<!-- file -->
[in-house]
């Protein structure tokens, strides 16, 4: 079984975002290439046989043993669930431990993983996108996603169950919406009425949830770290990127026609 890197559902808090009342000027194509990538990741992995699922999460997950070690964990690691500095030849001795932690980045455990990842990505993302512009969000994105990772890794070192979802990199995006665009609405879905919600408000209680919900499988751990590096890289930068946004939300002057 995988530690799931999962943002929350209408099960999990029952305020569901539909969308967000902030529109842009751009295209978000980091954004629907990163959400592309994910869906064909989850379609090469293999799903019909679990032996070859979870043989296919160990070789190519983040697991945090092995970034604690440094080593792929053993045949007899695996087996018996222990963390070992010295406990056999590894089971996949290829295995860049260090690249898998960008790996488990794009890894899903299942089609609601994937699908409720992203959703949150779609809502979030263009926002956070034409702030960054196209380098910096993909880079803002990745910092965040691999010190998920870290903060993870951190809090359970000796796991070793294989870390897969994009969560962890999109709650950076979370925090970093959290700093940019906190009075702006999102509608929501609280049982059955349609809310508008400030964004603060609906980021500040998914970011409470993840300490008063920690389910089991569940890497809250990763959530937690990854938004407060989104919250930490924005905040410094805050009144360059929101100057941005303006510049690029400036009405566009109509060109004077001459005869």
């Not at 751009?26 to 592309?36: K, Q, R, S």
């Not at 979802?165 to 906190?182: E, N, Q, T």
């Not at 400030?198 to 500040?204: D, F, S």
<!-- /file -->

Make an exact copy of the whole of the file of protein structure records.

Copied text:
[in-house]
């Protein structure tokens, strides 16, 4: 079984975002290439046989043993669930431990993983996108996603169950919406009425949830770290990127026609 890197559902808090009342000027194509990538990741992995699922999460997950070690964990690691500095030849001795932690980045455990990842990505993302512009969000994105990772890794070192979802990199995006665009609405879905919600408000209680919900499988751990590096890289930068946004939300002057 995988530690799931999962943002929350209408099960999990029952305020569901539909969308967000902030529109842009751009295209978000980091954004629907990163959400592309994910869906064909989850379609090469293999799903019909679990032996070859979870043989296919160990070789190519983040697991945090092995970034604690440094080593792929053993045949007899695996087996018996222990963390070992010295406990056999590894089971996949290829295995860049260090690249898998960008790996488990794009890894899903299942089609609601994937699908409720992203959703949150779609809502979030263009926002956070034409702030960054196209380098910096993909880079803002990745910092965040691999010190998920870290903060993870951190809090359970000796796991070793294989870390897969994009969560962890999109709650950076979370925090970093959290700093940019906190009075702006999102509608929501609280049982059955349609809310508008400030964004603060609906980021500040998914970011409470993840300490008063920690389910089991569940890497809250990763959530937690990854938004407060989104919250930490924005905040410094805050009144360059929101100057941005303006510049690029400036009405566009109509060109004077001459005869």
């Not at 751009?26 to 592309?36: K, Q, R, S």
């Not at 979802?165 to 906190?182: E, N, Q, T």
């Not at 400030?198 to 500040?204: D, F, S």